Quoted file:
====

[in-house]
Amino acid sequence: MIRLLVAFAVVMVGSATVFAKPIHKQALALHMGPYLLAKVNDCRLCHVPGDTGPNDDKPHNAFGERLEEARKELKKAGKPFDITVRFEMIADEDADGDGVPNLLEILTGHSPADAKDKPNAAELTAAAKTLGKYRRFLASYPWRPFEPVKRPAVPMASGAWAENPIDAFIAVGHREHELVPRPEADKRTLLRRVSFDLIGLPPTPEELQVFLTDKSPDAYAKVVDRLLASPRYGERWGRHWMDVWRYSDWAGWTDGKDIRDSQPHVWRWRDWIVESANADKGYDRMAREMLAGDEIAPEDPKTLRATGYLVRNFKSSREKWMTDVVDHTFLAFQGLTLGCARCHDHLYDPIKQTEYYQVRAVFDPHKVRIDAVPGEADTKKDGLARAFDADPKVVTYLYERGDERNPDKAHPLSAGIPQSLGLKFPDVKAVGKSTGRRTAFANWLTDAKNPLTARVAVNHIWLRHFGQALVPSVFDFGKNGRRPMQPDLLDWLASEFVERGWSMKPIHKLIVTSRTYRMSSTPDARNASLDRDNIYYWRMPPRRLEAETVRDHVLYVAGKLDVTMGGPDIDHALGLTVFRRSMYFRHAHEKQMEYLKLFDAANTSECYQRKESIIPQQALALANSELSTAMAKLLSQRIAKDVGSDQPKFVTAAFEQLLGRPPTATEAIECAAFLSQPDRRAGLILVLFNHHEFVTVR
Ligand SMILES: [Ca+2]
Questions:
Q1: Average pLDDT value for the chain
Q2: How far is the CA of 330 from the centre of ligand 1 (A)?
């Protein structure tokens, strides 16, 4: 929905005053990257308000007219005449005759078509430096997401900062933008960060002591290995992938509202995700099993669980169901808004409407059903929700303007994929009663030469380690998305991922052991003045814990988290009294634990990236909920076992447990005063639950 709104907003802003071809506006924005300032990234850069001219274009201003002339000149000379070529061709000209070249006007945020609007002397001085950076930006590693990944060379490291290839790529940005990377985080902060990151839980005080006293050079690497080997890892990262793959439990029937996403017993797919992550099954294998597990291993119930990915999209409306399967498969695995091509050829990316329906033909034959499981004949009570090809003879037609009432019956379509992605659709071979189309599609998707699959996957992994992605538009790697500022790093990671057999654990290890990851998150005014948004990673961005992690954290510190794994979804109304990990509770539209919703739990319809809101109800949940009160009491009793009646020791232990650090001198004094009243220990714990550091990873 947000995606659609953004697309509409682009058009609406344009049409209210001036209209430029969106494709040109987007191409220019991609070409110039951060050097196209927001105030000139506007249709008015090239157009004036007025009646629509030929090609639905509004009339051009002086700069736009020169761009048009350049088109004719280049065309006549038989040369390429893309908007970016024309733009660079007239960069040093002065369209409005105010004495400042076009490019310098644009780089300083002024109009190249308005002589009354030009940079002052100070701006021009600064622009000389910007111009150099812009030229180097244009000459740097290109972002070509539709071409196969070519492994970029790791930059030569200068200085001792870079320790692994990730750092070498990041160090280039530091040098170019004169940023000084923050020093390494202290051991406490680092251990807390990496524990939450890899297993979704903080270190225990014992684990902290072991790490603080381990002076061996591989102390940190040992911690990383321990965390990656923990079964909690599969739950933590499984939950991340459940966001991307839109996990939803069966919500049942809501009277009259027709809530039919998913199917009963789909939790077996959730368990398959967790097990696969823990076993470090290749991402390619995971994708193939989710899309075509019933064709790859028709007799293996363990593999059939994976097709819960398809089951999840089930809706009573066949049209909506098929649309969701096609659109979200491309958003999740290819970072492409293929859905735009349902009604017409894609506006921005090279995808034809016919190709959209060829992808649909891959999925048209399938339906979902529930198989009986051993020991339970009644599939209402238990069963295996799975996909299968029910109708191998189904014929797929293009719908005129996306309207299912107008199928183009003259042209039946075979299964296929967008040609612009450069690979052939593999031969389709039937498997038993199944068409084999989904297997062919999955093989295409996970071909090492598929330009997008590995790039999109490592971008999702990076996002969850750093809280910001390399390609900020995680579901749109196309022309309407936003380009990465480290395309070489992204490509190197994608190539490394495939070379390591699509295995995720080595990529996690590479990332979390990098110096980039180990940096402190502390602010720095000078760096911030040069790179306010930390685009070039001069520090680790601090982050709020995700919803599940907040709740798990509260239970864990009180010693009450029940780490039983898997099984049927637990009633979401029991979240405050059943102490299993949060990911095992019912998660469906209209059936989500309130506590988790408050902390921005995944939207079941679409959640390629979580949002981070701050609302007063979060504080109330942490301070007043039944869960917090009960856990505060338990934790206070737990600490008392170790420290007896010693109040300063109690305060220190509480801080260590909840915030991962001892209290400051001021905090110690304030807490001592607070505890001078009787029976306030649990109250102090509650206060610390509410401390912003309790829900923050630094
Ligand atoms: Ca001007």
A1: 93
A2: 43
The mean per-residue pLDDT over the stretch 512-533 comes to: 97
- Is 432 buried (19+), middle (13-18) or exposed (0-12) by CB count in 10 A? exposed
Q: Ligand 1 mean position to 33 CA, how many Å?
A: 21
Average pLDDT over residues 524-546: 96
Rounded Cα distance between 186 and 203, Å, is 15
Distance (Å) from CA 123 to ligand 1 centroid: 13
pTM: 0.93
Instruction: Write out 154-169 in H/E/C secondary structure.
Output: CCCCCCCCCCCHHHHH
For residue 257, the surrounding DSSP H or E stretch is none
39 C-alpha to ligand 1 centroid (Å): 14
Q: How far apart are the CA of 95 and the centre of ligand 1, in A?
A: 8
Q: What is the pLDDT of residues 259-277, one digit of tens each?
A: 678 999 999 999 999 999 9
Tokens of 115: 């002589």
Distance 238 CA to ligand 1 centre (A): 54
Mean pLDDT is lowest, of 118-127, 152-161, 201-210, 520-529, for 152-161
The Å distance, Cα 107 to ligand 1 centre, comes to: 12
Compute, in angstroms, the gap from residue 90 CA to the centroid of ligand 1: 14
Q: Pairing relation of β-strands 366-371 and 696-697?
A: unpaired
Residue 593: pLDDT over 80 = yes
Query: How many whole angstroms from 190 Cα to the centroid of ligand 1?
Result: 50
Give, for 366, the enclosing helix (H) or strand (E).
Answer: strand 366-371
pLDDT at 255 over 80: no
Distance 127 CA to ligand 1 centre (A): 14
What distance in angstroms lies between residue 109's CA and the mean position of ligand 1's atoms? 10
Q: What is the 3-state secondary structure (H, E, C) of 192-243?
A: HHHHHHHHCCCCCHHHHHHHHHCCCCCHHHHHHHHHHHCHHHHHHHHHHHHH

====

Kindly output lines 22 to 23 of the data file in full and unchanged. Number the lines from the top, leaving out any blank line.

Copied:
39 C-alpha to ligand 1 centroid (Å): 14
Q: How far apart are the CA of 95 and the centre of ligand 1, in A?